If there's been any news on the original Elections Canada investigation into fraudulent robocalls, I've missed it. But once again, there have been developments on related fronts.
There was a preliminary hearing this past week in the matter of the seven ridings whose outcome is being challenged by voters with the legal and financial assistance of the Council of Canadians. Representatives of the CPC had previously argued that the entire matter should be dismissed before it even begins because the Council of Canadians don't like Conservatives. Now we seem to have moved on to actual legal arguments.
Glen McGregor's story provides this helpful summary of one aspect of the law:
While the Elections Act allows voters to challenge the results in a riding if they suspect irregularities that might have changed the outcome, it specifies they must launch the initiative within 30 days of either the day the vote was certified or "the day on which the applicant first knew or should have known of the occurrence of the alleged irregularity, fraud, corrupt practice or illegal practice."
The CPC is arguing that the 30 days was up long ago. I guess the people who received the fraudulent calls were supposed to know they were being conned at the time. The plaintiffs disagree.
But council lawyer Steven Shrybman said the applicants could not have appreciated the significance of the calls they received at the time.
It was only after media reports of the so-called robocalls scandal broke on Feb. 23 did they realize that the calls were part of a wider scheme to suppress non-Conservative voters, he told the court. The 30 days should begin then, in early March.
Given the lack of history of vote suppression schemes like this — that we know of — that makes perfect sense to me. We'll find out soon whether it makes sense to the court.
The other major argument the Conservatives are making is that plaintiffs haven't demonstrated that enough votes were affected to change the outcome in these ridings. In their original submission, in defence of the claim that the robocalls may well have made the difference, the Council included an Ekos study that was reported on in some detail here. (The actual study is here in pdf format.)
But Shrybman's argument here is that the Conservatives are getting ahead of themselves. This was a preliminary hearing before a prothonotary who must consider preliminary motions and decide whether the case can proceed. Shrybman's position is that the CPC's lawyer, Hamilton, is trying to prejudge an issue that should rightfully be considered in the actual lawsuit. And there is at least some indication that the court agreed:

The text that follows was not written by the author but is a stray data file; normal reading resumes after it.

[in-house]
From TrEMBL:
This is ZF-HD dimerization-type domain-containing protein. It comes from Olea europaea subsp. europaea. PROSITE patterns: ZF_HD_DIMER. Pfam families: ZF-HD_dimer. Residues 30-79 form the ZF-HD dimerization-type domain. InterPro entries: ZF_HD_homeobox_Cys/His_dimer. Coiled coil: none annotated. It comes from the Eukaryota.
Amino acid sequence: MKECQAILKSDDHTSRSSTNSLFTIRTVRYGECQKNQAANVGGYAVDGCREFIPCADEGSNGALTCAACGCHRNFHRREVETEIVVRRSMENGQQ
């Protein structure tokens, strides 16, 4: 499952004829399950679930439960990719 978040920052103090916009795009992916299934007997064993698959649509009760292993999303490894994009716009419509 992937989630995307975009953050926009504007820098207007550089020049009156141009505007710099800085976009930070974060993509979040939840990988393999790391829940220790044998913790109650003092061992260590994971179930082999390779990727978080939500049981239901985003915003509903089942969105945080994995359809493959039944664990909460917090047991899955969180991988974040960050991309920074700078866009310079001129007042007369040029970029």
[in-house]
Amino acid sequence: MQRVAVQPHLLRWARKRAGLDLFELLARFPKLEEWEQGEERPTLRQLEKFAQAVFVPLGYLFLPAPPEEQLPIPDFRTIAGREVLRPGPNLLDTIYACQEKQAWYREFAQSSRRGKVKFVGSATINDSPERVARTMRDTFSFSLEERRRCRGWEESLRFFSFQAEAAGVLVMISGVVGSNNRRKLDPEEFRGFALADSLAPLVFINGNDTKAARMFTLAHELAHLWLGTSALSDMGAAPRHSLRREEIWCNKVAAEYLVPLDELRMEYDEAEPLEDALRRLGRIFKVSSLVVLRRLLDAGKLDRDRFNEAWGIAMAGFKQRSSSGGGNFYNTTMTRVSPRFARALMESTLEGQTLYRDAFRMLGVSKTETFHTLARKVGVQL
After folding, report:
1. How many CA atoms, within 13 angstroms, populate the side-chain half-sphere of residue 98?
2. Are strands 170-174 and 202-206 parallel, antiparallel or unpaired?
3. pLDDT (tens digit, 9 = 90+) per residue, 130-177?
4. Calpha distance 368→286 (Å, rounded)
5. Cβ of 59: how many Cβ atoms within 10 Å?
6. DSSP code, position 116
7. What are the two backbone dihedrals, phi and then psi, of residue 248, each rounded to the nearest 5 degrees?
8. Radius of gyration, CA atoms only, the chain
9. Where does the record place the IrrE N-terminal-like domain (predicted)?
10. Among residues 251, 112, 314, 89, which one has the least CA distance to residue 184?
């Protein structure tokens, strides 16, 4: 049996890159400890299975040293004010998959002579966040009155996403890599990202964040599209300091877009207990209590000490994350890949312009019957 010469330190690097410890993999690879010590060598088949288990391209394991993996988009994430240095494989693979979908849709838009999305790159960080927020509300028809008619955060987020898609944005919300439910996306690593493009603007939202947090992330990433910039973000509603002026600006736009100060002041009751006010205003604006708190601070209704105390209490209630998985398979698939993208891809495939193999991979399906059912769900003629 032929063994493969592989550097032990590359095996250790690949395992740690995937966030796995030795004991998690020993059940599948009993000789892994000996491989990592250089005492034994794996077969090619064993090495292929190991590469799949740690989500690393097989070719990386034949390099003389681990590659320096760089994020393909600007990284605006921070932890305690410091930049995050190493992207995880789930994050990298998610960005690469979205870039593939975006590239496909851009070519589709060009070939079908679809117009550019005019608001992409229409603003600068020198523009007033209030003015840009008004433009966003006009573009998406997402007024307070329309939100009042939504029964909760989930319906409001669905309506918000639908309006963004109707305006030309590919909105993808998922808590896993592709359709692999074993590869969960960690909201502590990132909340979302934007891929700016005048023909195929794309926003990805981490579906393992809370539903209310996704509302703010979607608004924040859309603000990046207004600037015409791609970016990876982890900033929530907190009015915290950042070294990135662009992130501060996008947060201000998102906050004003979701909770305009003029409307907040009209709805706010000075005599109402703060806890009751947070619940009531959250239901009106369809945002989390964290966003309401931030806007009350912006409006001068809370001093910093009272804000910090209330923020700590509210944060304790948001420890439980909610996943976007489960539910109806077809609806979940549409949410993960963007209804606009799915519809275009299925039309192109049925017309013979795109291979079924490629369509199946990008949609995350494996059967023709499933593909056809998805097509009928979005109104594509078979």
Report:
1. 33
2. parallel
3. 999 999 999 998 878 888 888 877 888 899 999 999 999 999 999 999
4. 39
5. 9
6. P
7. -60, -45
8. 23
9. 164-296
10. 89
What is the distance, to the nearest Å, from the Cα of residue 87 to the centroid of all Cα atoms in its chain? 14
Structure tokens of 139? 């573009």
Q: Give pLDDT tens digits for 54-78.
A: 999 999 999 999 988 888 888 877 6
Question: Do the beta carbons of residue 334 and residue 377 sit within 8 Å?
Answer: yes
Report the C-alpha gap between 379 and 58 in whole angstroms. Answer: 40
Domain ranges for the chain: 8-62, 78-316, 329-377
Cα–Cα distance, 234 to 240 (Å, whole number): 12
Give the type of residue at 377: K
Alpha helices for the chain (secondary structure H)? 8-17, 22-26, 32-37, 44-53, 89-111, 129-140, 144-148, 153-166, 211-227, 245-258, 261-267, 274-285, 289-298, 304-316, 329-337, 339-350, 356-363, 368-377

At one point in the arguments, [prothonotary Martha] Milczynski challenged Hamilton, saying vote suppression was uncharted territory and asking how he would count the votes that didn't make it to the ballot box?
Milczynski reserved her decision but is expected to render it quickly.
And now we turn to Dean Del Mastro, who has two different problems.
The first involves allegations that his 2008 campaign violated spending limits and that paperwork was fudged to cover it up. The only new development on that story surfaced last Friday afternoon courtesy of the CBC.
A top staffer for Conservative MP Dean Del Mastro's 2008 election campaign put a "stop payment" on a cheque for election services four days after contacting Elections Canada about spending limits, court documents show.
The cheque was the second part of a $21,000 payment from the campaign that Del Mastro says was made in error because the services weren't ordered. The services, proposed by Holinshed Research Group, would have put Del Mastro over his election spending limit. The first cheque from the campaign to Holinshed had already cleared.
It's circumstantial but in the context of everything else we know, it certainly reinforces the suspicion that there was a coverup here. And incidentally, that CBC story includes a timeline of events and highlights a discrepancy with dates that I had previously noticed. The one invoice from Holinshed which the Del Mastro campaign acknowledges as legitimate was dated on Sept. 14 and is for "GOTV effort (live calls) on e-day." But e-day wasn't until Oct. 14th. Is it normal practice for companies like Holinshed to invoice for work they haven't done yet?
Del Mastro's other problem is what now appears to be an organized scheme to circumvent campaign donation limits. The original story broke about two weeks ago and involves donations to the campaign allegedly being reimbursed, along with a $50 bonus, by a company named Deltro Electric Ltd. which is owned by the Deaner's cousin, David Del Mastro. A couple of days ago it was reported that two of the donors had come forward with copies of the cheques paid to them by Deltro. The latest development is an offer by "some of the donors" to have a heart-to-heart with Elections Canada in return for immunity. Elections Canada isn't commenting publicly but I'd be very surprised to find out that they're not interested.
Bear in mind that the candidate himself hasn't been personally implicated in this. As far as I can tell his signature isn't on any of this paperwork and none of the donors claim to have had any contact with the him. It's Dean's cousin David who could be in hot water on this one.
But public perception is another matter. It becomes increasingly difficult for Del Mastro to be the CPC's public defender with all this controversy swirling around his own campaign.
Hopefully we can look for more developments on this as well as a decision on whether or not the Council of Canadians' suit can proceed. And we still look forward to the Supreme Court's decision regarding the results in Etobicoke Centre on July 10th.